When I left the military (not Civil War, I'm not that old), I had a list of items that I had to account for and turn in. 1 helmet, 1 this, 1 that, etc - no serial numbers but I still had to turn them in. It makes more sense that a list of items was attributed to a CW soldier, and he had to turn those items in. A rifle would have been on that list and included a serial number. But it may have included other items that didn't have serial numbers. Does that make sense? Has anybody ready any written history about items issued to soldiers? I would love to hear if you had.
 

RobertH

Private
Joined
Jan 25, 2019
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I'm buying it from a guy I know if Florida.

When buying, I look for legitimate looking Ames (or other period manufacturers marks). Among other known characteristics of the particular sword I'm thinking of buying. if anything seems off, I don't buy.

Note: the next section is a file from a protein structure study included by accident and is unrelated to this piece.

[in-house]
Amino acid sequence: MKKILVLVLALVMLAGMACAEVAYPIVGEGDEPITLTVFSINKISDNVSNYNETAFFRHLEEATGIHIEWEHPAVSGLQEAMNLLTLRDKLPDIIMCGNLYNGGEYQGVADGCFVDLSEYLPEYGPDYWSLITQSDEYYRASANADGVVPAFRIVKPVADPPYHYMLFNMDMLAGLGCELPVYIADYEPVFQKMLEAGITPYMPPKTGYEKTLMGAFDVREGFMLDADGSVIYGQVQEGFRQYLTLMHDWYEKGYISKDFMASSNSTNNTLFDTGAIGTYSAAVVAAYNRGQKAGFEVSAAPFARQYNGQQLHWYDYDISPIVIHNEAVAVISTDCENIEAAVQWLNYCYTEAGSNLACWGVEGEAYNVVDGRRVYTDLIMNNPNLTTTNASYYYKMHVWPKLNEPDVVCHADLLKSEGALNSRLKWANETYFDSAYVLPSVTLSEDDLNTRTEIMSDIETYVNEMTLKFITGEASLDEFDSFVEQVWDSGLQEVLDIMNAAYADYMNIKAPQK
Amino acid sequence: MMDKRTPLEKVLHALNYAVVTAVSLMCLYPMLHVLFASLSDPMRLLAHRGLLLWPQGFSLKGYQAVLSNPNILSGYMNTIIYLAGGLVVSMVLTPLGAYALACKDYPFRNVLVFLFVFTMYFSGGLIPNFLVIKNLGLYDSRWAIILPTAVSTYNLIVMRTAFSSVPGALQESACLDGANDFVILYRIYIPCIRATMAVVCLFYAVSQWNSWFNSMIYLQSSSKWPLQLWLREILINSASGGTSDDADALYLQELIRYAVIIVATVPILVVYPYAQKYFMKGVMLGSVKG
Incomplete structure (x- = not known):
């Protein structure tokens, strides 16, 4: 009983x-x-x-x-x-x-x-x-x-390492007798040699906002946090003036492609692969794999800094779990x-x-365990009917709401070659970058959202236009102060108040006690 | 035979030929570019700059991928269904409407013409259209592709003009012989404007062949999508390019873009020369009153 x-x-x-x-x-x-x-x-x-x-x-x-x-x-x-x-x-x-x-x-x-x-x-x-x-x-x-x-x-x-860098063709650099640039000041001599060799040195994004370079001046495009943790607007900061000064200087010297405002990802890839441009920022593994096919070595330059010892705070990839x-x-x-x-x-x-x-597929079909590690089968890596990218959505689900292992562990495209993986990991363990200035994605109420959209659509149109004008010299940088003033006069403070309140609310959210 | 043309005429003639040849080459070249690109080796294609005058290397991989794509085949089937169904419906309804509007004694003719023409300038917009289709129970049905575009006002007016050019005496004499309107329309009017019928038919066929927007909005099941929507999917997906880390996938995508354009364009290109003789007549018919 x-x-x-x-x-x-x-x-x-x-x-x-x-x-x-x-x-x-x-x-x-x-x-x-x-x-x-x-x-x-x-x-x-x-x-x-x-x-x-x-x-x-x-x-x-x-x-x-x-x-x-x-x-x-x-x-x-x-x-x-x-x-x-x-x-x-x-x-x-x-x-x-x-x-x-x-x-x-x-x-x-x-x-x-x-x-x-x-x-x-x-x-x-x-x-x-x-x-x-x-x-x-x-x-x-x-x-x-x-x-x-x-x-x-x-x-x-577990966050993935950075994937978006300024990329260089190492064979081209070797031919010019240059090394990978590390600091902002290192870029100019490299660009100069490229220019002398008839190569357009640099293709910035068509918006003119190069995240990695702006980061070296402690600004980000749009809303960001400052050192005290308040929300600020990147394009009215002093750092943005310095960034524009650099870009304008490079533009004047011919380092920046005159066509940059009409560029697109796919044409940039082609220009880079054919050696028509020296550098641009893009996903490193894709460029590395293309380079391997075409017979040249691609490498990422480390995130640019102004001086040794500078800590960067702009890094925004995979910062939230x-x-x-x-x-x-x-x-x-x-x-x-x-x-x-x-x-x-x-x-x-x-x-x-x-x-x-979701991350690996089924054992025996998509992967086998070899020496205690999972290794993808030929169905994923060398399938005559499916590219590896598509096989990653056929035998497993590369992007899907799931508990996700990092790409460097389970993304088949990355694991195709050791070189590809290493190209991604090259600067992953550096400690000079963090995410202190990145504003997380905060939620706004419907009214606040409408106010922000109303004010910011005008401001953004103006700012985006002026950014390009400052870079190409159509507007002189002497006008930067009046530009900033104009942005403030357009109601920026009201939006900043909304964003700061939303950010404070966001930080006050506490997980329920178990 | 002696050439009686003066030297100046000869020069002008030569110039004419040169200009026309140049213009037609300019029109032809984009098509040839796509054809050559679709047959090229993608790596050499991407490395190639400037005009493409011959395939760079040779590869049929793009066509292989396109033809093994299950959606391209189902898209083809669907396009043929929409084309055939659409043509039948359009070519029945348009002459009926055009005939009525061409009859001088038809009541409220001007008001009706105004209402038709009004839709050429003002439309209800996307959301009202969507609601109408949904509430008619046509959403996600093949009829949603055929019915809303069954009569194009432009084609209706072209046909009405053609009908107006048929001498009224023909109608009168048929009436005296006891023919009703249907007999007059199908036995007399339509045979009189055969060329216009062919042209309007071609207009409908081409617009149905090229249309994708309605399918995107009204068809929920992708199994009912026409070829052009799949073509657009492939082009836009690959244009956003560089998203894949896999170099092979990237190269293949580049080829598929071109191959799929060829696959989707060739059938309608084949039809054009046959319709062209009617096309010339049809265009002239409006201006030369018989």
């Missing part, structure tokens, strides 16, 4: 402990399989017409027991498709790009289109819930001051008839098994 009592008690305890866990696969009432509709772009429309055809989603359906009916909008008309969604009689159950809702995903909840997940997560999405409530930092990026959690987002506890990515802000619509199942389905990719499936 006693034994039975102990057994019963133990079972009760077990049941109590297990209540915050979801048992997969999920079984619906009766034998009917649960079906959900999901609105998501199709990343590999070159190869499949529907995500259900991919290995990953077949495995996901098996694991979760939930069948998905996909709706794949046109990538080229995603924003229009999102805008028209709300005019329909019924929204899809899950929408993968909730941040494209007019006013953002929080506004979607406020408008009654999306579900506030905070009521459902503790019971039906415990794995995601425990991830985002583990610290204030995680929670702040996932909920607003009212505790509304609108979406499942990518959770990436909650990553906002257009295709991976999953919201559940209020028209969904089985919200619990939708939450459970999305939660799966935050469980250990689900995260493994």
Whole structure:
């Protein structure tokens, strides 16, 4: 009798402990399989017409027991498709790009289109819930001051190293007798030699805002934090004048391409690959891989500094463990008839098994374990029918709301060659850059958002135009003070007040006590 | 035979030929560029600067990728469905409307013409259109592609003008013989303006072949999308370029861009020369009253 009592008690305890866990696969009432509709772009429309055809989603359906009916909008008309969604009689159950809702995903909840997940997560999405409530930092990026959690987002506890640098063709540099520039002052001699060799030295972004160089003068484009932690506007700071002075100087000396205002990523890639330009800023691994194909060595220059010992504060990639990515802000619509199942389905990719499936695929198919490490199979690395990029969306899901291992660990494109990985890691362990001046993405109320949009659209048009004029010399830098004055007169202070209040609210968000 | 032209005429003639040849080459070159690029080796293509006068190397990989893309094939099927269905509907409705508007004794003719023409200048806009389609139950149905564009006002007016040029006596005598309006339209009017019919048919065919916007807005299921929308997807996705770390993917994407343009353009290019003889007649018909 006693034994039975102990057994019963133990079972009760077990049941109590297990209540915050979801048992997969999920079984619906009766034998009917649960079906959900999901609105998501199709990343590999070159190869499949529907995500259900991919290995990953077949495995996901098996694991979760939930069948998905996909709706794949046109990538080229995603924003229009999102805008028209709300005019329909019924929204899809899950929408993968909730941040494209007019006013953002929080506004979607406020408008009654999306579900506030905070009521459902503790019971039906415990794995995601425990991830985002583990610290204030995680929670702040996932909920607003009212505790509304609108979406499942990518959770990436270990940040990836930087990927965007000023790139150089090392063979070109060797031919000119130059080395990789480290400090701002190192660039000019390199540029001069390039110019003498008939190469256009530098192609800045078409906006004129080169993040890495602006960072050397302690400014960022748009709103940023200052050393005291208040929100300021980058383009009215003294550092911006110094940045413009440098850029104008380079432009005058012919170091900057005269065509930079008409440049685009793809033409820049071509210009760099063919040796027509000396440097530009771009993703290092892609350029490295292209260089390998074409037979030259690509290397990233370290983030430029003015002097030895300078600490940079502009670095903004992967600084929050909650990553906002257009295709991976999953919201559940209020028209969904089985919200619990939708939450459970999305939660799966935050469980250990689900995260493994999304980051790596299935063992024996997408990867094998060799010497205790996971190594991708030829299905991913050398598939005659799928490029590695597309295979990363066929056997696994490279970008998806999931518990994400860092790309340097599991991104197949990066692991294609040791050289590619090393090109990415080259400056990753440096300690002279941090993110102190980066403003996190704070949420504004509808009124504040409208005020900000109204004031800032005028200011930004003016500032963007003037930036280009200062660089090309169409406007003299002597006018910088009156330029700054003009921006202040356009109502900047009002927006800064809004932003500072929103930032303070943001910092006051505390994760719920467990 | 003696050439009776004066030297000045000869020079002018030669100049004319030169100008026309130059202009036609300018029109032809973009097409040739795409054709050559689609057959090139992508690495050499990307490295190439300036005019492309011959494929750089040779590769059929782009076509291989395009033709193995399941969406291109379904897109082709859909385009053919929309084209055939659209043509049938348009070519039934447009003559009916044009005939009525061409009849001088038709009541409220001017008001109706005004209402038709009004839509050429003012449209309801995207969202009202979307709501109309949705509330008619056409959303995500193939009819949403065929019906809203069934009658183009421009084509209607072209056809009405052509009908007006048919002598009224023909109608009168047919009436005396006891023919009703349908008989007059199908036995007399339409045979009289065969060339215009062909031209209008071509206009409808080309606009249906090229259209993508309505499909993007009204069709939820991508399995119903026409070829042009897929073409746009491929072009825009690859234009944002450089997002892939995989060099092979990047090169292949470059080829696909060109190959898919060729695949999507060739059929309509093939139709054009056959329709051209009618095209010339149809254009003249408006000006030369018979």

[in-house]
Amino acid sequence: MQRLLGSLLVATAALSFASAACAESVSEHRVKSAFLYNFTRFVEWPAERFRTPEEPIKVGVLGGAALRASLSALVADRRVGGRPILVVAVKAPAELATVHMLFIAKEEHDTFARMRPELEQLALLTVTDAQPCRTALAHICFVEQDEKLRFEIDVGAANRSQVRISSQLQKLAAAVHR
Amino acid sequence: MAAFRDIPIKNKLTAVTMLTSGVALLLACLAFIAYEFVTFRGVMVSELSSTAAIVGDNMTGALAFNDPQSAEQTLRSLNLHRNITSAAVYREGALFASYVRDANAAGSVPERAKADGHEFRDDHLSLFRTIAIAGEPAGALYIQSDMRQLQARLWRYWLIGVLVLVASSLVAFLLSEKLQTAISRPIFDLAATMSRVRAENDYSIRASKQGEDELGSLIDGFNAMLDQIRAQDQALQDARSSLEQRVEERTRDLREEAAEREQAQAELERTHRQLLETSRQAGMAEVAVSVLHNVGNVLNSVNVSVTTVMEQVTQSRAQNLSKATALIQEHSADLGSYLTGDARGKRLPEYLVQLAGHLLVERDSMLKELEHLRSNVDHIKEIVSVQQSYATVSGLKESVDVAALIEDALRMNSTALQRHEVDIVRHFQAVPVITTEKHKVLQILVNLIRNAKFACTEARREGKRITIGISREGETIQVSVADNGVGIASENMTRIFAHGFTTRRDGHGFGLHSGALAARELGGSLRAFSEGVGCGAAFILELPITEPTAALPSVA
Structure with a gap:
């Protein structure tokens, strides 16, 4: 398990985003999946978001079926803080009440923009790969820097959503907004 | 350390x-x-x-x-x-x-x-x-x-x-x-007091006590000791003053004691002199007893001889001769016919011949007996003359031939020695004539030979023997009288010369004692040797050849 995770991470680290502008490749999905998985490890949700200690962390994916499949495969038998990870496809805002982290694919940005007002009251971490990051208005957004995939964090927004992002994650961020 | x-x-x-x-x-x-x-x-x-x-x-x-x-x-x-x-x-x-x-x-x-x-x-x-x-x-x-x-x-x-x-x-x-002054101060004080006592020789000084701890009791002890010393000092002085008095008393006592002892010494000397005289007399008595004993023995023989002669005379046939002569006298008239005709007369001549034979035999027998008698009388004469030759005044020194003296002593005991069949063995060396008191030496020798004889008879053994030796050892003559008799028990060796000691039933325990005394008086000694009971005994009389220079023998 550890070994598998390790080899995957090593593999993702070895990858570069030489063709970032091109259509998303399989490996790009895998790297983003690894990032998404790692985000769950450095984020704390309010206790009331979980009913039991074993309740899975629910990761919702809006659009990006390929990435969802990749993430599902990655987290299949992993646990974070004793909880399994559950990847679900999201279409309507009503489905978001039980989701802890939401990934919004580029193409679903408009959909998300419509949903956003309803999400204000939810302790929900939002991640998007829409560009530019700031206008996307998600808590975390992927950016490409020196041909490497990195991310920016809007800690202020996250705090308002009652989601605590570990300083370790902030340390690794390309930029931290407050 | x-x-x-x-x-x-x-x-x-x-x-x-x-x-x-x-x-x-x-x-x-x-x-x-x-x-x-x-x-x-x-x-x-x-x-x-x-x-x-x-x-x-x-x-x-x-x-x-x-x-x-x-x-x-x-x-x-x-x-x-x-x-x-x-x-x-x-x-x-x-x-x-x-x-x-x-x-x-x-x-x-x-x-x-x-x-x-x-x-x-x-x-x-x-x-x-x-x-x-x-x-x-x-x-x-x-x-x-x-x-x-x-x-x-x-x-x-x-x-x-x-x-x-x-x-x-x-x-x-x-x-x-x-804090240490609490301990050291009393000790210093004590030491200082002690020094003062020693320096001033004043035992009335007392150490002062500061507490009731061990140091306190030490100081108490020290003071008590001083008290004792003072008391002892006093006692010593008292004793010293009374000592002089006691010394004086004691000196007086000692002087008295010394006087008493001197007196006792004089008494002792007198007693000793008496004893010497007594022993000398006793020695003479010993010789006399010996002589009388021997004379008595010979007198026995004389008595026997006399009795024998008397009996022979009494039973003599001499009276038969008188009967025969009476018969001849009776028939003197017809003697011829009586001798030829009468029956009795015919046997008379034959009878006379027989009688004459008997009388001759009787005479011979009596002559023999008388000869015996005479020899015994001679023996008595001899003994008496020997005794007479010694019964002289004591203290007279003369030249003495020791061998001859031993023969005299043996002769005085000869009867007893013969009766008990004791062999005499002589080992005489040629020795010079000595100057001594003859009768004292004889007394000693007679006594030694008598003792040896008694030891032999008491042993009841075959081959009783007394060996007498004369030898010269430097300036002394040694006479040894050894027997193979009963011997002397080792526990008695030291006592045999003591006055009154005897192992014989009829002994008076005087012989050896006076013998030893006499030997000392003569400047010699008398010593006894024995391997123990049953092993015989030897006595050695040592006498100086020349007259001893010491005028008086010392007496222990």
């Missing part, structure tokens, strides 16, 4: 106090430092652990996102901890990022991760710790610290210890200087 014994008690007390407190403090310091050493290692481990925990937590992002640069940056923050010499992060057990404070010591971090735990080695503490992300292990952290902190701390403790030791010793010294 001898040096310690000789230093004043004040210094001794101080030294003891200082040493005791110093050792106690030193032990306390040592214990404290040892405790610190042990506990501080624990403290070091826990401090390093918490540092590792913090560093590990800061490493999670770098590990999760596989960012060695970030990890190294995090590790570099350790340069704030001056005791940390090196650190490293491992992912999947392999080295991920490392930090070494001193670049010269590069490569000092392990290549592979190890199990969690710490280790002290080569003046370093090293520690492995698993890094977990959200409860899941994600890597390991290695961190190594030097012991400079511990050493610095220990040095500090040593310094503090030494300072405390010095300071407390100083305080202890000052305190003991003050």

I do have one fake CW sword, I knew it was fake when purchased for $20. And one sword that I'm not sure of, but didn't pay much for it.
 
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Jclynn911

Cadet
Joined
Jan 19, 2021
Knowing the State and type of sword will help answer the question. For example, if a cavalry or light artillery saber, many states, including Massachusetts, did not have cavalry regiments or light artillery batteries that were numbered as high as 21. In those cases the markings could very well stand for the company and the 21st man in the company to whom it was issued, so they could track the sword.